We cannot deny the influence and freedom that porn, Netflix and social media have given people to normalise their sexuality.
I believe that most people are dishonest about their sexuality. It’s a provocative statement to make. Before you get all huffy and angry with my statement, stop and consider your own sexuality. Do you feel safe about disclosing to yourself or to a partner/s your true honest core sexual desires? If you answer is yes, you are a rare person… or someone who needs to keep reading and doing some honest self-reflection.
You may be the person who presents, or is taken to a healthcare provider with a self or other diagnosis of “porn addict” “sex addict”, ” sexual deviant”, “pervert” “fetishist”. You enter a therapy room in shame, expecting to be locked up in a mental institution or lashed for irreligious behaviour. All you want is, to be honest to yourself and to a partner/s about what really turns you on.
Living in a sex-negative and judgmental culture disallows true expression of sexuality, sexual orientation or gender. There are laws and policies to end discrimination against gender non-conforming people and sexually fluid people. It does not make it any easier to come out within your own head, to your parents or to society at large. But at least there is open discourse about it and a very active global LGBTIQ rights movement.
Who among us are brave enough to honestly express our core erotic themes? Who is willing to be a conscious honest and empowered sexual being and fess up to what really turns you on? Recently a popular men’s magazine asked me to give comment on “foreplay” tips for men to use with women. Aghast I asked the journalist if he had run out of ideas as I wondered why he would want to write about this redundant vanilla topic.
Surely he needs to get honest and real about what people are actually doing and wanting to do in their bedrooms.This kind of article “normalises” foreplay as being a separate feature, an activity of long drawn out touching and talking gently that only women want… and only with men. No wonder more and more people present with sexual dysfunctions daily.
Their honest and authentic sexuality does not fall into what the box society has deemed as “normal”, namely mono-hetero-normative. I gave him a few ideas on what people in my therapy practice teach me turns them on. We cannot deny the influence and freedom that porn, Netflix and social media have given people to normalise their sexuality.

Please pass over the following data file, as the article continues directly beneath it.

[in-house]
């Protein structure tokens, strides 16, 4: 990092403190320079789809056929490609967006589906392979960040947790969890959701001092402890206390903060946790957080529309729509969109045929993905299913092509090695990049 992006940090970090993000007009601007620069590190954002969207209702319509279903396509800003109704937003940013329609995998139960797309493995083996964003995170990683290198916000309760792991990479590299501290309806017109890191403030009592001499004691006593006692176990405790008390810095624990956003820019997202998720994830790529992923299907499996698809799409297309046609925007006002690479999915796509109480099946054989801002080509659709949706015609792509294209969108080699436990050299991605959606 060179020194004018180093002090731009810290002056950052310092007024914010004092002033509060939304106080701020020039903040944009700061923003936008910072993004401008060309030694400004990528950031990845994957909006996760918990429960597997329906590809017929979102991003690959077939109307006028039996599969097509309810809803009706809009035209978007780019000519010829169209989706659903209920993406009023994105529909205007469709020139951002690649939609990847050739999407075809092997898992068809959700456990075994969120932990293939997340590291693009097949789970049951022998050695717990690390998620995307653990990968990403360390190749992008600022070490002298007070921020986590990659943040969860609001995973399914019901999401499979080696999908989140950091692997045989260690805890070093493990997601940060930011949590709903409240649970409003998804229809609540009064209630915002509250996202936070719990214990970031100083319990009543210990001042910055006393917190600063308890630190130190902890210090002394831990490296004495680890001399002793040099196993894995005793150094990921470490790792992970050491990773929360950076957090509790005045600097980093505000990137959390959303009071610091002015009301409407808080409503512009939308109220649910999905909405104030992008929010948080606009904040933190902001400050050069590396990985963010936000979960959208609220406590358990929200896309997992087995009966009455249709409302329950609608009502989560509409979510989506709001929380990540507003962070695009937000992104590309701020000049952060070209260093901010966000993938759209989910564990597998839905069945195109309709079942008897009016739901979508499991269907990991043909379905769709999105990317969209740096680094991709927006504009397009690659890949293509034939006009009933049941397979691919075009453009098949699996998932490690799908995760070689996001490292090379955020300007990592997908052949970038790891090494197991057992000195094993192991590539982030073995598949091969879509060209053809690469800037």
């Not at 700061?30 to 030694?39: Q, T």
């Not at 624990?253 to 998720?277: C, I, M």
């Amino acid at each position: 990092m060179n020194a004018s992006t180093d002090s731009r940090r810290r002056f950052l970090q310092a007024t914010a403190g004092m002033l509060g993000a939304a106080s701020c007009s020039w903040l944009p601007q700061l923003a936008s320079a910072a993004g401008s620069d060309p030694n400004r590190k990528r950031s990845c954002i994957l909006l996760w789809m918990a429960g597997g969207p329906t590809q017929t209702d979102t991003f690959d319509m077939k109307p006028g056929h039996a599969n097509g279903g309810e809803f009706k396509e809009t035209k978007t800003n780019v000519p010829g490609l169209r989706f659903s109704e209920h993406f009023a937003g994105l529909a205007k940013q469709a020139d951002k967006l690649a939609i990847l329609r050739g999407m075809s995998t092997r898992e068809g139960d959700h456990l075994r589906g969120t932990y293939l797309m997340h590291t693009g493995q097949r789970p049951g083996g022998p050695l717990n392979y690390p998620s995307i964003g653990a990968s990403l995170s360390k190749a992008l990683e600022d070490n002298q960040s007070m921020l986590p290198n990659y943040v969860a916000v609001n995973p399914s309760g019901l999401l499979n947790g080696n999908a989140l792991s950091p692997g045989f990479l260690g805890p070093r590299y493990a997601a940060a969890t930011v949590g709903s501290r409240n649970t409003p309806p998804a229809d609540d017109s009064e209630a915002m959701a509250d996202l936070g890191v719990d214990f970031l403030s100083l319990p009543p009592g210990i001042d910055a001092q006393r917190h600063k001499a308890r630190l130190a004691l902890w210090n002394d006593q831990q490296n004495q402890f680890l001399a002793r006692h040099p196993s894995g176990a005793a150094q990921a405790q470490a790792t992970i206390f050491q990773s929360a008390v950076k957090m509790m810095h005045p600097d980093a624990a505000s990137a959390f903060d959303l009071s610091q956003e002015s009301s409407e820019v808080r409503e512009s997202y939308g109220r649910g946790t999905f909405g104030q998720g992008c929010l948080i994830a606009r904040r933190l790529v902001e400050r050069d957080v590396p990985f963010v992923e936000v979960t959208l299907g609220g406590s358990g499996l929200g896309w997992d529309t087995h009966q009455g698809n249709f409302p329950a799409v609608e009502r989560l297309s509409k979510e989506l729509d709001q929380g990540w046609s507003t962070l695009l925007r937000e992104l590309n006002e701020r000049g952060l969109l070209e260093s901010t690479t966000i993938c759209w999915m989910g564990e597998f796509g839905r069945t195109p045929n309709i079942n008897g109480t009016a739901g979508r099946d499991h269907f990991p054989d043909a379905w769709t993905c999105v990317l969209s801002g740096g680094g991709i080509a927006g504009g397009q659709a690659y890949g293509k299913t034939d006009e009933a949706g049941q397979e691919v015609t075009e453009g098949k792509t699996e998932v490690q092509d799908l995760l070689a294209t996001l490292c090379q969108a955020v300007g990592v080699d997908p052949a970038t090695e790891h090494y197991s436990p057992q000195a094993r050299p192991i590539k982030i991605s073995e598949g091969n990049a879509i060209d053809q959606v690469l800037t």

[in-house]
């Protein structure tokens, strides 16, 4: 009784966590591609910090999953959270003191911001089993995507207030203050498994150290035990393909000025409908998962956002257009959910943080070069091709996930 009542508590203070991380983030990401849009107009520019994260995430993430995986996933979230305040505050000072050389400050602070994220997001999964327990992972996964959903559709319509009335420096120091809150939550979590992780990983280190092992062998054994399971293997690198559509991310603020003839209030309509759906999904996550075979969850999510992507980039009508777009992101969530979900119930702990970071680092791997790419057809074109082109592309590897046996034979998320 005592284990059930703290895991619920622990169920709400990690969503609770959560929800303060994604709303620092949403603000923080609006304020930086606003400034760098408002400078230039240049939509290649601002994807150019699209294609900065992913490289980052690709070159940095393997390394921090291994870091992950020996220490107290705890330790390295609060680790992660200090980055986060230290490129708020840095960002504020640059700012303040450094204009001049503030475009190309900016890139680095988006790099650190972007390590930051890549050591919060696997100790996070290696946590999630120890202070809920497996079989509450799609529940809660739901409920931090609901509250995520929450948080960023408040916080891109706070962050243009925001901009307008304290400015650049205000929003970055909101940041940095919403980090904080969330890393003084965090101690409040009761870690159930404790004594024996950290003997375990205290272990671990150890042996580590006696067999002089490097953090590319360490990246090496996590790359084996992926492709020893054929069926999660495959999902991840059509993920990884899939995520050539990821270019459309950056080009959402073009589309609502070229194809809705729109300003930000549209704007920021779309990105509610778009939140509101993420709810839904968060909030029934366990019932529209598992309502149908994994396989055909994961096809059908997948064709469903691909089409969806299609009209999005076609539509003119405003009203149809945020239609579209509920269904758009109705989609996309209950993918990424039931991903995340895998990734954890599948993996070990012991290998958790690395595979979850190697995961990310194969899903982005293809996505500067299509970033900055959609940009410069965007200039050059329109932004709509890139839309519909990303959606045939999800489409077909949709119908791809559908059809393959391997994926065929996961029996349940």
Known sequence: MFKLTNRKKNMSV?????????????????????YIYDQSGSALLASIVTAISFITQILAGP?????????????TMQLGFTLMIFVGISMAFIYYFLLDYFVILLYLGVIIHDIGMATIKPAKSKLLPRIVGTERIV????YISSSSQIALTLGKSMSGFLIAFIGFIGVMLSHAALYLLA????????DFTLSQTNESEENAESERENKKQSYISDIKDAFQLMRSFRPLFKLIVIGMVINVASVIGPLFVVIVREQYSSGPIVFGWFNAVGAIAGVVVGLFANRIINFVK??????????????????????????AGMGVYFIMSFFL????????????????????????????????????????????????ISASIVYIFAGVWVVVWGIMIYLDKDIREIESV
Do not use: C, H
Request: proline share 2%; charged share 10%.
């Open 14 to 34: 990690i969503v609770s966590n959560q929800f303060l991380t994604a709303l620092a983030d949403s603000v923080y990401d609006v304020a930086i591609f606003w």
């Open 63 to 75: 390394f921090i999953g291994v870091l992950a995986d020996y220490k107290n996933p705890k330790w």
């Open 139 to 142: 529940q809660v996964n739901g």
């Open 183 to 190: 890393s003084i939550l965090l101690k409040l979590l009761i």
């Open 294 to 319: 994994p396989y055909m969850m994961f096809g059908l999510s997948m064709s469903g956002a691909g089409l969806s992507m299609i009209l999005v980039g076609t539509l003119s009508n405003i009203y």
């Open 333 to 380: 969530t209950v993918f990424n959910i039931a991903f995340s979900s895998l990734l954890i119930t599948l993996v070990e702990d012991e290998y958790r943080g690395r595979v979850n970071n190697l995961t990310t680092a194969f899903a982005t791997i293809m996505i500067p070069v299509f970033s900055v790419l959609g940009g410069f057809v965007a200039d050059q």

The primary symptoms of Sexual Authenticity Disorder are an intense fear of discovery, sexual secrecy, dishonesty, and an attendant shame and guilt.
Perhaps you are a person who gets erect when foreplay is hours of chat with a partner, creating a contract for a sane, sober and consensual BDSM experience. Or your best foreplay is sexting with a stranger online. Or imagining your partner wearing stilettos. Or spending days online seeking out the perfect couple for a swinging experience with your beloved partner. Or as a man, wearing women’s panties all day. Sexual Authenticity Disorder (SAD) is a term created by Galen Fous, a sex-positive therapist.
The primary symptoms of Sexual Authenticity Disorder are an intense fear of discovery, sexual secrecy, dishonesty, and an attendant shame and guilt. He believes that many people exploring and opening to their authentic sexual desires are inclined to keep their sexual explorations secret due to tangible fears of being shamed, harshly judged or punished about their personally meaningful and normal sexuality.
His basic tenant is that what people desire is not the problem – the problem is that it is traumatic, to be honest about your personal erotic themes. This is partly what drove me into training as a trauma therapist. Daily seeing people present with out of control behaviour as a result of feeling anxious, afraid, or guilty, made me rethink what truly was driving their self-destructive behaviour.
Not fitting into the societal box of “normal” sexuality is a big driver to this painful place. I am driven to get people to be more authentic about their true sexual desires. Fous has created a Personal Erotic Myth Survey. I encourage you to fill it in. Take the risk of being honest about your own sexual desires. Sharing with a partner can feel terrifying.
Only do this once you have consciously embodied, expressed and gained a deeper understanding of your inherent sexual desires, and untangle shame, fear and harsh internalised judgments that resist and inhibit your desire’s fullest expression.
I invite you to think about a few important questions from Fous Personal Erotic Myth Survey.
- What thoughts or fantasies drive you to orgasm?
- At what age did you become aware of distinct erotic fantasies or sexual desires?
- What inhibits you from expressing your honest and authentic sexuality to a partner/partners?
- Have you ever experienced any alternative sexuality in real time? For example, BDSM
- How often do you masturbate to these fantasies?
- Do you avoid partner sexual play because you feel unsatisfied?
- Do you prefer your honest authentic masturbatory fantasies over In Real Life sexual play?
- Are you satisfied with the depth of sexual expression in your relationship now or generally if you are single?
- At what point/age did you feel a conflict between your religious/moral environment and family and your sexual desires?
- Have you ever shared your authentic sexual desires with a partner? If no, why not? If yes, what was the outcome?
- If yes, what factors allowed you to share with a partner?
To do work with your Authentic Sexual Desires, contact me.